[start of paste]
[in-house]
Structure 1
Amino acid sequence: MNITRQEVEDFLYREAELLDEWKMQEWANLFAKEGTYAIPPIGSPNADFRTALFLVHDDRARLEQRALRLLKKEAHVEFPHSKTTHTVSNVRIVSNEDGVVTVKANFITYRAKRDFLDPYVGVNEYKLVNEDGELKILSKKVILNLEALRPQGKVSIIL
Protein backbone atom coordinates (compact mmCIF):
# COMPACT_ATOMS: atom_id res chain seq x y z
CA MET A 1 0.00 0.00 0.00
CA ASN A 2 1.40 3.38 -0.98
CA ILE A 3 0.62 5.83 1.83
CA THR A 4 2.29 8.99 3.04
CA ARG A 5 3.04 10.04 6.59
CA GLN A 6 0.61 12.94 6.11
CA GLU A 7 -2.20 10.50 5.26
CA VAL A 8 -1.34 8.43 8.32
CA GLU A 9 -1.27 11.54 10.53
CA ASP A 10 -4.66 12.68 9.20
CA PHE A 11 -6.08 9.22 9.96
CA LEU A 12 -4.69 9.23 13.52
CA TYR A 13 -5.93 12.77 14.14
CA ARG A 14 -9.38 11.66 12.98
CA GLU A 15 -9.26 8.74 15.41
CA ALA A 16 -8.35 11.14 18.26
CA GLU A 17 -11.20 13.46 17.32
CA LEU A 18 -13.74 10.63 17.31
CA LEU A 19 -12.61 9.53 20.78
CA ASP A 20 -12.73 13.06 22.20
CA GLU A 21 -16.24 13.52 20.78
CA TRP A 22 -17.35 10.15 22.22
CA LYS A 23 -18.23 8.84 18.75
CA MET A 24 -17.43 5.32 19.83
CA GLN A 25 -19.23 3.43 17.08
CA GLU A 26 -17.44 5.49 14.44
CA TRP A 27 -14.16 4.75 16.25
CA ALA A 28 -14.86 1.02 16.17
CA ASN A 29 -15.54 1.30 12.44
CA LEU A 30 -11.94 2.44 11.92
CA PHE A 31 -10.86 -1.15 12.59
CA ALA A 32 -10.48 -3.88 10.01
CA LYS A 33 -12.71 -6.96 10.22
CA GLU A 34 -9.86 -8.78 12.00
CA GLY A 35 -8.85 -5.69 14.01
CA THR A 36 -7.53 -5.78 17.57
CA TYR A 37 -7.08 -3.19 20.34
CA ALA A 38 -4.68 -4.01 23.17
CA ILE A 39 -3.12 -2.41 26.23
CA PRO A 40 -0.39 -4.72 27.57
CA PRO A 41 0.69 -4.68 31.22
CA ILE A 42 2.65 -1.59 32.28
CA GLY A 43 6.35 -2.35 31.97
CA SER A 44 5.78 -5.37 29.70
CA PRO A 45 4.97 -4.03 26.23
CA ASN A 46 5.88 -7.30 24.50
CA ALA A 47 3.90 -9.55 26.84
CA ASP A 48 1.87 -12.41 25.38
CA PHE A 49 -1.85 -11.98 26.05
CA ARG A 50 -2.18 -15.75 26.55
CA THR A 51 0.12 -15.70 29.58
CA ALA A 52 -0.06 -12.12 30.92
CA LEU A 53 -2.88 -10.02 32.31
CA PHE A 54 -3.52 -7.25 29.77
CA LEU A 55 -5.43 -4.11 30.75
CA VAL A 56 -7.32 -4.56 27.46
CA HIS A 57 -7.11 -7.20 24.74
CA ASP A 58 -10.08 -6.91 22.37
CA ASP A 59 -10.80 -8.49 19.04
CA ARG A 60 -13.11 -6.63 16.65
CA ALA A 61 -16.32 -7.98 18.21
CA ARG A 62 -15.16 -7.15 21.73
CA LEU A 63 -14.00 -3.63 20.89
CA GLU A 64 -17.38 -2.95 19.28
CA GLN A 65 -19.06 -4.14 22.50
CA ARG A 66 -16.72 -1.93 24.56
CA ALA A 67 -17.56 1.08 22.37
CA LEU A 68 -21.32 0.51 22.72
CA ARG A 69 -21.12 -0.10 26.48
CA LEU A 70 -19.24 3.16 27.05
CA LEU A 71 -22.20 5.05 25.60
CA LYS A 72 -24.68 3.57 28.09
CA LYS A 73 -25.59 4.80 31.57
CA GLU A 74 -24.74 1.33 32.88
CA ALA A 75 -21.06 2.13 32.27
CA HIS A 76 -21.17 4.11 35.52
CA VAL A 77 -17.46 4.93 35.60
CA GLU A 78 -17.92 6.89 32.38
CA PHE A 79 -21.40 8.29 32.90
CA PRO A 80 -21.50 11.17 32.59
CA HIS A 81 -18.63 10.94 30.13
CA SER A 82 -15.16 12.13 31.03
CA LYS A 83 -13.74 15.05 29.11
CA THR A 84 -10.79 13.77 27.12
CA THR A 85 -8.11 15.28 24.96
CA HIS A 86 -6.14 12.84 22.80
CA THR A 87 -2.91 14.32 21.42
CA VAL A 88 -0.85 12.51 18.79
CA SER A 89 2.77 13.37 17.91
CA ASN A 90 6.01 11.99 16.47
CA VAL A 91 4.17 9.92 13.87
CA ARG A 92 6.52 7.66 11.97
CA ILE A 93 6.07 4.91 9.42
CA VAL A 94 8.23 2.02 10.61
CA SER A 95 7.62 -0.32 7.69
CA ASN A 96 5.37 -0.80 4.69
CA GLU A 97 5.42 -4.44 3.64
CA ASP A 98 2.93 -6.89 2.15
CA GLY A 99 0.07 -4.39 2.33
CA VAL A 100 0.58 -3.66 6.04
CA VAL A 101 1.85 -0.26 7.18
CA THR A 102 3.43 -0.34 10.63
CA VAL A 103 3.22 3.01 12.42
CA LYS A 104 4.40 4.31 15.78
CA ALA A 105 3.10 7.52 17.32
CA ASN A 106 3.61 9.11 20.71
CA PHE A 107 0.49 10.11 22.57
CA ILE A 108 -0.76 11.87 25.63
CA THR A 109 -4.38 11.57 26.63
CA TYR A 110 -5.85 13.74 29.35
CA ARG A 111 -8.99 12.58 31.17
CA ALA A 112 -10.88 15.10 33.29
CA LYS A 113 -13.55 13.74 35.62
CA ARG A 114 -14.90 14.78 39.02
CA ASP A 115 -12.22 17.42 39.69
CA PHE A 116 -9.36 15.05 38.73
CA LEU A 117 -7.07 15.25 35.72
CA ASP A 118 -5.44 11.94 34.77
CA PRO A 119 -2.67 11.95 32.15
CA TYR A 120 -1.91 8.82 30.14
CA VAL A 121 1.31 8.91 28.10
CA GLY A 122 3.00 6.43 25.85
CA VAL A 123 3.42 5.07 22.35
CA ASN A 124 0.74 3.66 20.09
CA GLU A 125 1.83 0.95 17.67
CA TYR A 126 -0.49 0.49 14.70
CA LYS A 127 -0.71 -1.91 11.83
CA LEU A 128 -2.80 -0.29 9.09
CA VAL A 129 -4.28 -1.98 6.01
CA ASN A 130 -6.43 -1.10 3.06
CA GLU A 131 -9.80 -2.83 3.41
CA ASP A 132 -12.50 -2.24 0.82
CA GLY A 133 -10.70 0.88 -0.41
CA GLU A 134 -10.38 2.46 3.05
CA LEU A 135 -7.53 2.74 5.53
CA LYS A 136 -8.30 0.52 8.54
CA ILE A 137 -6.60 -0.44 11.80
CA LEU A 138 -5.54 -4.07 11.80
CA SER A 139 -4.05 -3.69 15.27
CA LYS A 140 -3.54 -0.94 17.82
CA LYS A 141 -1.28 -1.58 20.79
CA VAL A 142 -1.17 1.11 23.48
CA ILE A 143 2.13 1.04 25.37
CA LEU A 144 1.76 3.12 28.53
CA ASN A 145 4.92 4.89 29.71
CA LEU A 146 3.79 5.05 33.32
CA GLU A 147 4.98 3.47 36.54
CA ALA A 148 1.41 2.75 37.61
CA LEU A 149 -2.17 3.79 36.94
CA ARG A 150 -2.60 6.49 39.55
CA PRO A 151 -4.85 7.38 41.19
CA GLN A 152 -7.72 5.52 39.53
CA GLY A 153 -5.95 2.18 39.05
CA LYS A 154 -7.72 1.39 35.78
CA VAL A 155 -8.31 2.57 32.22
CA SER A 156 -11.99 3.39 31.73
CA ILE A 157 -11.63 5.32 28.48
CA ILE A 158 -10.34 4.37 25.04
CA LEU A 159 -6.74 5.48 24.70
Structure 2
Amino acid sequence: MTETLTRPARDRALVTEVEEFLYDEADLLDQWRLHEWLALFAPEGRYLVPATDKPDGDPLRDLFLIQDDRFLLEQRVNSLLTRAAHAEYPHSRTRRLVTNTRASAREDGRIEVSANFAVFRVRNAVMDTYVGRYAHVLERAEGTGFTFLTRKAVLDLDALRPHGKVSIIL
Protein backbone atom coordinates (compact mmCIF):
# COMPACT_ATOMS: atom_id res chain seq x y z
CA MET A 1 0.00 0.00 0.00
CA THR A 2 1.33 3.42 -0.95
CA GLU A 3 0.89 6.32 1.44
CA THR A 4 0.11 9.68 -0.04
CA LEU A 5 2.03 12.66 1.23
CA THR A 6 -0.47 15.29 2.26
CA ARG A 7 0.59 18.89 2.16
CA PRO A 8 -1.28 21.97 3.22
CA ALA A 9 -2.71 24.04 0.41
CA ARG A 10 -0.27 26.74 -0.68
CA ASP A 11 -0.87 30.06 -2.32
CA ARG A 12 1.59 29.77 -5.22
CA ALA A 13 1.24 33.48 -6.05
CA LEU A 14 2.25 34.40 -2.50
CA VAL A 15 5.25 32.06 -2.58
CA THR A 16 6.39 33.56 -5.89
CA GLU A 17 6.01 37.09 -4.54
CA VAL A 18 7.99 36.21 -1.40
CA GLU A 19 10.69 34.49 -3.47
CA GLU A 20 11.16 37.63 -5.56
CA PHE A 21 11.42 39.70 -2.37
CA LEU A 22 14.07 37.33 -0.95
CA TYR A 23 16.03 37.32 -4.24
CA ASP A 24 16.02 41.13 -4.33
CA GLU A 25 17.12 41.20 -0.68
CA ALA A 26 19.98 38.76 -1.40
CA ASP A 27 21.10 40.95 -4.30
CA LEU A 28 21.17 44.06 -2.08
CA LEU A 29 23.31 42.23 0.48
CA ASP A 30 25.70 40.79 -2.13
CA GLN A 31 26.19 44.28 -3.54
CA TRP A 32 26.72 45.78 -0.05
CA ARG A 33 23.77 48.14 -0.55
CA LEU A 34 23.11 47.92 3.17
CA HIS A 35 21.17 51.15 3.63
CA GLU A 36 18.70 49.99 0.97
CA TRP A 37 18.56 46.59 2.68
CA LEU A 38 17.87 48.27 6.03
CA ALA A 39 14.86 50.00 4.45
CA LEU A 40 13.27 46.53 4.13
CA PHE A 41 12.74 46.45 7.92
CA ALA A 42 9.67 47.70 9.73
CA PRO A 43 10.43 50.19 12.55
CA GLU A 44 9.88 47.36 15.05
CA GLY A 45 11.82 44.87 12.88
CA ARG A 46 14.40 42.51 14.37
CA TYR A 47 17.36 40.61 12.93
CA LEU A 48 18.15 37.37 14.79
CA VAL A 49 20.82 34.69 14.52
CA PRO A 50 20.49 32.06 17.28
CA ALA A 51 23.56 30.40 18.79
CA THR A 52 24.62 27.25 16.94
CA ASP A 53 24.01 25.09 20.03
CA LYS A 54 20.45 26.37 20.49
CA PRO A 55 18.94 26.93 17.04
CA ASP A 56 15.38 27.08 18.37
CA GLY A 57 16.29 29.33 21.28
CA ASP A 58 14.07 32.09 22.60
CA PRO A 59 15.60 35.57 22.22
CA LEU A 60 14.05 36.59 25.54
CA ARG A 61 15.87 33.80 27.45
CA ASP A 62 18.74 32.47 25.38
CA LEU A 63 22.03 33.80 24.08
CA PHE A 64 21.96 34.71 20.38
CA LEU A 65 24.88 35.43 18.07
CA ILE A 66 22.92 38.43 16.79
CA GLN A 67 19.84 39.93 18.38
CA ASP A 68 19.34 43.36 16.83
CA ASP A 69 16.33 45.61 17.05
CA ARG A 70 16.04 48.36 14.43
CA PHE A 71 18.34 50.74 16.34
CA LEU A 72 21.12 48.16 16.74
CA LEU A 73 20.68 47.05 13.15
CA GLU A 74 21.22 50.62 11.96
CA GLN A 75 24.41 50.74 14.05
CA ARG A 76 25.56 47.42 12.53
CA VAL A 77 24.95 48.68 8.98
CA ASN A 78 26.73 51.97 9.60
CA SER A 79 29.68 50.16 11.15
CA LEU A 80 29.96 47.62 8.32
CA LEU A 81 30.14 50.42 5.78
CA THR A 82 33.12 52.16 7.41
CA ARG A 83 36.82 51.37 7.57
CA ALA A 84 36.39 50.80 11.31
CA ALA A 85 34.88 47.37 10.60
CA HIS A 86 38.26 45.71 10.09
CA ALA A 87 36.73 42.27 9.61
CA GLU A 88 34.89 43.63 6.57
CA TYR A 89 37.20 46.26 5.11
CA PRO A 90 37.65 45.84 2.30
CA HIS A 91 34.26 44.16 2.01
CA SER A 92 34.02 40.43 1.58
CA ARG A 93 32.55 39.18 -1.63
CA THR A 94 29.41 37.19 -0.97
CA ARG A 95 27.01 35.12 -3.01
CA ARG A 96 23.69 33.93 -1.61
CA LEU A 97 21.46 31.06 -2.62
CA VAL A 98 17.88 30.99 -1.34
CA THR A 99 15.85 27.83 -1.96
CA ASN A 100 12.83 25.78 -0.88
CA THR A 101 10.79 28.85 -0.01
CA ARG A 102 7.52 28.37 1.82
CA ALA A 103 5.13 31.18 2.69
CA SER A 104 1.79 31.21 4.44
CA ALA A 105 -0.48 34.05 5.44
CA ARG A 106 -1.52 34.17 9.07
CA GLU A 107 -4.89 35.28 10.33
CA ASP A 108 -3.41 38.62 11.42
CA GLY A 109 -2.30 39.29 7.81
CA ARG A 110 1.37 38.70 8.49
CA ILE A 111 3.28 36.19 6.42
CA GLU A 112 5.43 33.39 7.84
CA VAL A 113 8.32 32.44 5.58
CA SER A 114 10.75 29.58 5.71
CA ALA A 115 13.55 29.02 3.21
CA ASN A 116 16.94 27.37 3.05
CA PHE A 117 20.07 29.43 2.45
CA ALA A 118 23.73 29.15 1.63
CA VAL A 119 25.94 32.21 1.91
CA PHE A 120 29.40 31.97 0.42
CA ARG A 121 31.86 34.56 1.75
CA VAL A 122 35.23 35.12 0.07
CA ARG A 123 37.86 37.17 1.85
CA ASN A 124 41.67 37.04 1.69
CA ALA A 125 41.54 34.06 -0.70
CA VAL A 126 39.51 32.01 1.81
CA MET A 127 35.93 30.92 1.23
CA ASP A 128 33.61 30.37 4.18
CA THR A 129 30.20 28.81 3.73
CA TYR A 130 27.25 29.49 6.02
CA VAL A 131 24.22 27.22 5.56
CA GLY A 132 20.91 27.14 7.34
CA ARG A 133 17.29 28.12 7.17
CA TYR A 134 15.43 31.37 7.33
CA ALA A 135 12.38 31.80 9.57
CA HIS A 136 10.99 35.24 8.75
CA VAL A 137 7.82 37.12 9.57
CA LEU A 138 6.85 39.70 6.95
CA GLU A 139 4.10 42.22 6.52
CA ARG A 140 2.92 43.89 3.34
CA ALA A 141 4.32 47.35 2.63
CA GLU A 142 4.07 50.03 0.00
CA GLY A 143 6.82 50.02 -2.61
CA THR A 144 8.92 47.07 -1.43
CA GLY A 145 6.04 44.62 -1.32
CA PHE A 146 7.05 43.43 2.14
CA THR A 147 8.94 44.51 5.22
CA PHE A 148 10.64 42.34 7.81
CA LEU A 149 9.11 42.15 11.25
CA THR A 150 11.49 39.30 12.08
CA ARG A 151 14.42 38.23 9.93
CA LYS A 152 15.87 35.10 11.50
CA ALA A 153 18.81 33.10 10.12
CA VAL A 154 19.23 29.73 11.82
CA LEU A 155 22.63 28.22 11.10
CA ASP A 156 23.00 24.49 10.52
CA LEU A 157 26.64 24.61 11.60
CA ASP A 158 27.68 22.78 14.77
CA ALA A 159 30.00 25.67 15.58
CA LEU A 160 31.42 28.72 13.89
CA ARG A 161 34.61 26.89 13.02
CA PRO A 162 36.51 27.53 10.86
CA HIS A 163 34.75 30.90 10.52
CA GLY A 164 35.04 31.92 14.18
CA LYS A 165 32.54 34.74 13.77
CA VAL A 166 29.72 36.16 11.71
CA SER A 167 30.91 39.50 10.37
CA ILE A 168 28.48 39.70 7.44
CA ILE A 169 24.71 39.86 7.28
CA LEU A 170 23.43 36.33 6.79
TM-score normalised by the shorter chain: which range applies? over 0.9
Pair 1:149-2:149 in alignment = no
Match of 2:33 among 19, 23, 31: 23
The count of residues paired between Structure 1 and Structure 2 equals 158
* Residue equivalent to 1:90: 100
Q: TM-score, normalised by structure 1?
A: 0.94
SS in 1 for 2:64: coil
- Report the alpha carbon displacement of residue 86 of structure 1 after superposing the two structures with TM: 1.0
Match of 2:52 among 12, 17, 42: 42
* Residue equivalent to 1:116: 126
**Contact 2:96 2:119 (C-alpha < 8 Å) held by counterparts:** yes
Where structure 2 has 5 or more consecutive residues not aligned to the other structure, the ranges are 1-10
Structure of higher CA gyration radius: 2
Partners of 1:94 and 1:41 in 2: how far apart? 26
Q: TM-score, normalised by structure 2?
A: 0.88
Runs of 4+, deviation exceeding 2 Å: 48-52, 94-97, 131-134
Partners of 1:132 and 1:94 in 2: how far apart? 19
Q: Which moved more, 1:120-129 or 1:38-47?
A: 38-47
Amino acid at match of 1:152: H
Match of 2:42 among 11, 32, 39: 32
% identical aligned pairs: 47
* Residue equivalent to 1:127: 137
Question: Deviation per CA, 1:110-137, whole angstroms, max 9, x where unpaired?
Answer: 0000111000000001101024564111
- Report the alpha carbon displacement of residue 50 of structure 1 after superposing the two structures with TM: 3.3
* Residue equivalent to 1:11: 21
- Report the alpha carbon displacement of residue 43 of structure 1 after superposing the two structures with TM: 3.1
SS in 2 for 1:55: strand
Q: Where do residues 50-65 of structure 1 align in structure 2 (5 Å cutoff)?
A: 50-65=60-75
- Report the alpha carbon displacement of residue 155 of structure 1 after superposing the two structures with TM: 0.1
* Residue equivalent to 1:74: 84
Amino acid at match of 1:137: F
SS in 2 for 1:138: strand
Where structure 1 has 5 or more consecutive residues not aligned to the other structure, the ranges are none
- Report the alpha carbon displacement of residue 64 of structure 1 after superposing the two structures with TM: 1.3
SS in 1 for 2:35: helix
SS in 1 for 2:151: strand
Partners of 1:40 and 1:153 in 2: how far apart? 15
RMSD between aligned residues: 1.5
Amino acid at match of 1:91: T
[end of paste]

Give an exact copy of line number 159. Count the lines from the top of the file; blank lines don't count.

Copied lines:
CA LYS A 154 -7.72 1.39 35.78